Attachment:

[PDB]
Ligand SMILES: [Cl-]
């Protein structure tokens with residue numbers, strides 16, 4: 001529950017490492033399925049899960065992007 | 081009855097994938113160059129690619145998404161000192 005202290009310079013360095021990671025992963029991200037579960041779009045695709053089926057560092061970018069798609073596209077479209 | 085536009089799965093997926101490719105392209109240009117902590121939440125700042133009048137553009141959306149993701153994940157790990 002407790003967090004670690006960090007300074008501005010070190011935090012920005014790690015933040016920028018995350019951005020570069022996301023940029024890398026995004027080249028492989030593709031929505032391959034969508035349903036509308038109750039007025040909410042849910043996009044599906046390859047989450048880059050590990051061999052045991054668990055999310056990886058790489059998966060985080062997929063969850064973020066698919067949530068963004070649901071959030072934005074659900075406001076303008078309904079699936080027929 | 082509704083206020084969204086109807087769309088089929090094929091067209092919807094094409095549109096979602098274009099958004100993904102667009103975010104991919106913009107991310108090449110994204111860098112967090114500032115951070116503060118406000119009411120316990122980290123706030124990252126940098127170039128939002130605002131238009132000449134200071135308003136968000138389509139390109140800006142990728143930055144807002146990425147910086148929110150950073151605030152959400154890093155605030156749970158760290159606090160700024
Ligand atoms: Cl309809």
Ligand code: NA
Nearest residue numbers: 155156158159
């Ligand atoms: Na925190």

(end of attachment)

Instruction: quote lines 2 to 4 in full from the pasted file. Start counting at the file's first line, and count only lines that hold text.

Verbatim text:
Ligand SMILES: [Cl-]
């Protein structure tokens with residue numbers, strides 16, 4: 001529950017490492033399925049899960065992007 | 081009855097994938113160059129690619145998404161000192 005202290009310079013360095021990671025992963029991200037579960041779009045695709053089926057560092061970018069798609073596209077479209 | 085536009089799965093997926101490719105392209109240009117902590121939440125700042133009048137553009141959306149993701153994940157790990 002407790003967090004670690006960090007300074008501005010070190011935090012920005014790690015933040016920028018995350019951005020570069022996301023940029024890398026995004027080249028492989030593709031929505032391959034969508035349903036509308038109750039007025040909410042849910043996009044599906046390859047989450048880059050590990051061999052045991054668990055999310056990886058790489059998966060985080062997929063969850064973020066698919067949530068963004070649901071959030072934005074659900075406001076303008078309904079699936080027929 | 082509704083206020084969204086109807087769309088089929090094929091067209092919807094094409095549109096979602098274009099958004100993904102667009103975010104991919106913009107991310108090449110994204111860098112967090114500032115951070116503060118406000119009411120316990122980290123706030124990252126940098127170039128939002130605002131238009132000449134200071135308003136968000138389509139390109140800006142990728143930055144807002146990425147910086148929110150950073151605030152959400154890093155605030156749970158760290159606090160700024
Ligand atoms: Cl309809």